From the latest James Carville/Stanley Greenberg Democracy Corps memo:
“When all is said and done—after they have engaged on these battles and raised their agenda—Democrats want voters to conclude some very simple but powerful things. They may or may not articulate them, but Democrats should understand where they want people to end up.”
“About the Republicans
They work for the few.
For the corporate special interest.
Corruption and greed.
No rise in income and no relief from high prices in sight.
No end in sight in Iraq
America needs a new direction”
“About the Democrats
They’re for me.
Relief on gas and health costsand middle class taxes
New course in Iraq
A new Congress that works for everyone
New direction—a strong America that works for everyone.”
Far be it from me to question the Ragin’ Cajun’s political prowess, and there are certainly some more developed ideas in the memo (a two year ban on congressional pay raise, for example), others less so (“no more Terri Schiavo all-nighters” seems like it will have less resonance as time goes on), but doesn’t he get paid a bit much to end his analysis with a list of regurgitated vague warm fuzzy slogans Dems have been riding for the past six years?
My friend, the old Middle East hand, sharpens the points he raised yesterday:
Satuday’s Washington Post carried an interesting report: “Iraqi Official Warns Against Coup Attempt.” According to the story, Hadi al-Amiri, a member of Iraq’s most powerful political party, SCIRI (Supreme Council for Islamic Revolution in Iraq), cited rumors of an impending military coup. “We will not allow it,” he said.
This raises some intriguing questions:
If the U.S. and Iran came to blows as a result of Hezbollah’s war, where would the sympathies of the Iraqi people lie? The Iraqi government? The Iraqi army? Is it possible that the Shiite-dominated Iraqi army would turn its guns against us, or against a “collaborationist” government that supports us? Could this be what Iraq is trying to provoke?
Paul, Hunter, you’re both right about Lawrence Henry, even more than you’ll ever know — but this one takes the cake.
A Lawrence Henry tribute is long overdue. I’ll go Hunter Baker one better and nominate this as my personal favorite AmSpec web piece.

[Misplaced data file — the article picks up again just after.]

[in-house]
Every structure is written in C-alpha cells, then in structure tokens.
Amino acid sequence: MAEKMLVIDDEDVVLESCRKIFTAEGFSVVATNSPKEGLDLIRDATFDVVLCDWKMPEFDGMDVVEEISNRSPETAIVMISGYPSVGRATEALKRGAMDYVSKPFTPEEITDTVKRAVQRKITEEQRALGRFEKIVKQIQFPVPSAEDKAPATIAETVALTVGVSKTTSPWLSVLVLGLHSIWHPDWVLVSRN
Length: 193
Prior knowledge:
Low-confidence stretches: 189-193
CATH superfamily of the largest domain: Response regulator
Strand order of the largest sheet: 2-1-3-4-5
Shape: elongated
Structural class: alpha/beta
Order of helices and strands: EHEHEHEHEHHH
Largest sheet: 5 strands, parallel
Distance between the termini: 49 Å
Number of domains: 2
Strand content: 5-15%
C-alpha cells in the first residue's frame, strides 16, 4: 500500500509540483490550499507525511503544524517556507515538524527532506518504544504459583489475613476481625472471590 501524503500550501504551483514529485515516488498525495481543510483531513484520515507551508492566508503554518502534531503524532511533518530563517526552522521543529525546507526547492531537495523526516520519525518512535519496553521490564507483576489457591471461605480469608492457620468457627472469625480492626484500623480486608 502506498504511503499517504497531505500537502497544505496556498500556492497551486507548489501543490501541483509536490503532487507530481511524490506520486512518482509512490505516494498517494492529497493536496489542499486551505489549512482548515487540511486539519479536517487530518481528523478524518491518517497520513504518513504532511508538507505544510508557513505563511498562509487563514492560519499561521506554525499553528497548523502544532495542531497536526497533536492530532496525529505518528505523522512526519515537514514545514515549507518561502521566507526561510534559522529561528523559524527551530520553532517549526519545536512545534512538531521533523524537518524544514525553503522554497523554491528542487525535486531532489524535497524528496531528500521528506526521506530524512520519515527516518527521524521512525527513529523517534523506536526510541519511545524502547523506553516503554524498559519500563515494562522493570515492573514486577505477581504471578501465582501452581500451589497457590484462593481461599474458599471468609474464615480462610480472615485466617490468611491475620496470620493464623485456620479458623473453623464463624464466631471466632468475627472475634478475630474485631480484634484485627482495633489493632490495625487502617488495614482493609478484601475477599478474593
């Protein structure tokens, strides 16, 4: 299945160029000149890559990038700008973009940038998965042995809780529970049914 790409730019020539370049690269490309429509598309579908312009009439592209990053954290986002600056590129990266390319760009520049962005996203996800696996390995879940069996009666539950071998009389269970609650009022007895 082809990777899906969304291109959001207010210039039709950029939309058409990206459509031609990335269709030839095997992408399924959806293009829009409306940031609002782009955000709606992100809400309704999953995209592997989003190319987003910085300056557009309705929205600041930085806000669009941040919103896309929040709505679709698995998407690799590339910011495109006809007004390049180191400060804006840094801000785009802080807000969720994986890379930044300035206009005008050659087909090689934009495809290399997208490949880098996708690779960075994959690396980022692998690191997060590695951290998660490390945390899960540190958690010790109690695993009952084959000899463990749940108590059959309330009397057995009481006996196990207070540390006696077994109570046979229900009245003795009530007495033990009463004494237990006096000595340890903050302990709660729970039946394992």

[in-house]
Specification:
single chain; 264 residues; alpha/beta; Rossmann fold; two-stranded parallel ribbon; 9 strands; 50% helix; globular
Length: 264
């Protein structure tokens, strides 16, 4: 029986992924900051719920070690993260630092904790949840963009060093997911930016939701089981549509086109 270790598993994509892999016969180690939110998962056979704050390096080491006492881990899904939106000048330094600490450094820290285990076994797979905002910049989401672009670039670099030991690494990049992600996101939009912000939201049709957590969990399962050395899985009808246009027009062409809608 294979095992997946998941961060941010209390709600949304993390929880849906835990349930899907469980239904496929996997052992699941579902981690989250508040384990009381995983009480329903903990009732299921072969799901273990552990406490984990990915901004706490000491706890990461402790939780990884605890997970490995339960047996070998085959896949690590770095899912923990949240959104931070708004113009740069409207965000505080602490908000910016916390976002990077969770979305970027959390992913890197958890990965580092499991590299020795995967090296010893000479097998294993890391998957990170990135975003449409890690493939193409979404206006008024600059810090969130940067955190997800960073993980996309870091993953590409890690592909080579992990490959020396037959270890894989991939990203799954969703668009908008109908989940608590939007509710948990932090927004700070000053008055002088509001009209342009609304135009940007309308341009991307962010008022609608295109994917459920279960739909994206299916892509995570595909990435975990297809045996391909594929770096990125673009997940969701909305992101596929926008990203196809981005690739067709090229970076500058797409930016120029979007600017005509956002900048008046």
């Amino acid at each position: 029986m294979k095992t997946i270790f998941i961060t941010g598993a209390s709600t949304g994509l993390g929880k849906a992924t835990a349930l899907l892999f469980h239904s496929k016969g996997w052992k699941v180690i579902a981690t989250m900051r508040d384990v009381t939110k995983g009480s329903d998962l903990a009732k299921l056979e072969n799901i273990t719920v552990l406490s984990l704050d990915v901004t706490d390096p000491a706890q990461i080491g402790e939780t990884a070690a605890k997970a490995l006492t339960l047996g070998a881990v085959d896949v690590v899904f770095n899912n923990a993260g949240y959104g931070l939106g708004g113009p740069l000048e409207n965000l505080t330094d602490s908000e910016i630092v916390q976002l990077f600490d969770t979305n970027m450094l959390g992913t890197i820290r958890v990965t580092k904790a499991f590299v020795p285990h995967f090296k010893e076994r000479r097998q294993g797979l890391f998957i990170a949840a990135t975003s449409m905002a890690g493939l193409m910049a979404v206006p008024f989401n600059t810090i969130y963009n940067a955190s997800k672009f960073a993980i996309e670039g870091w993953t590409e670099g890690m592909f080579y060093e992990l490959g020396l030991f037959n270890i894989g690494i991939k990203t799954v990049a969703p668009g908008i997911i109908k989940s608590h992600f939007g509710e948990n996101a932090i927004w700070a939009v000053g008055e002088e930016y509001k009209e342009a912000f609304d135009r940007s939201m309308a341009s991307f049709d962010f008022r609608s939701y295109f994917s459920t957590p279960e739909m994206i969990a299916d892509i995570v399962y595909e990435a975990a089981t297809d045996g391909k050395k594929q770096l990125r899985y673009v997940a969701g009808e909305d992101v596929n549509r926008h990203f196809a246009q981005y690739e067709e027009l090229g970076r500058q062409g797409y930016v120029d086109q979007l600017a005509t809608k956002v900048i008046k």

The most interesting thoughts I’ve read this week on our problem of problems, conveyed to me by an old Middle East hand:
“If the U.S. and Iran came to blows as a result of Hezbollah’s war, where would the sympathies of the Iraqi people lie? The Iraqi government? The Iraqi army? Is it possible that the Shiite-dominated Iraqi army would turn its guns against us? Could this be what Iran is trying to provoke?”
I’ll be on CNN with Paula Zahn about 8 pm today talking about Lebanon. Tomorrow morning I’ll be on Fox with Neil Cavuto on the same. Hope you can catch one or both.
The Prime Minister of Britain stands by America.
Richard Booth (born 1759) was the great great great great grandfather of the Prime Minister’s wife, Cherie Boothe Blair.
His grandson John, however, is the most famous, having assassinated our sixteenth president just a few hundred yards from where the Prime Minister was standing.
Well, thank you, Hunter (I think). But I don’t know how you managed to overlook my muscles, my guns, or my way with women.
I read Lawrence Henry’s stuff and just find myself nearly hypnotized by it. There’s just something about this guy. He’s been around. He’s dropped out, blown-up, endured health problems, and come out the other end with a boatload of wisdom, savvy, and cool stories. It’s not huge muscles, guns, or a way with the ladies. It comes from just having been around, seen some things, taken some chances, and managing to learn a few things along the way. In short, there have got to be a lot of young guys looking at Larry H. as a source of retro male cool.
I hate to embarrass you Larry, but you remind me of a great scene from the largely forgotten Kevin Costner film Revenge. Costner’s character hooks up with a late middle aged horse trader who is fighting his way toward one more transaction and coughing up a lung every few minutes. The grizzled old guy pushes his hair back out of his face, dons a pair of dark sunglasses and asks Costner, “How do I look?” Costner replies, “Like a survivor.”
Damn straight. Read Lawrence Henry and check out a guy who looks like a survivor and will entertain the hell out of you telling you about it.
Apparently nothing is taboo in protesting the Bush Administration, including making children cry.
TAS editor in chief, R. Emmett Tyrrell, Jr. will be on the radio show MoneyDots, which is streamed live, Saturday, July 29, at 11 a.m. EST. He will be followed by Ms. Ann Coulter.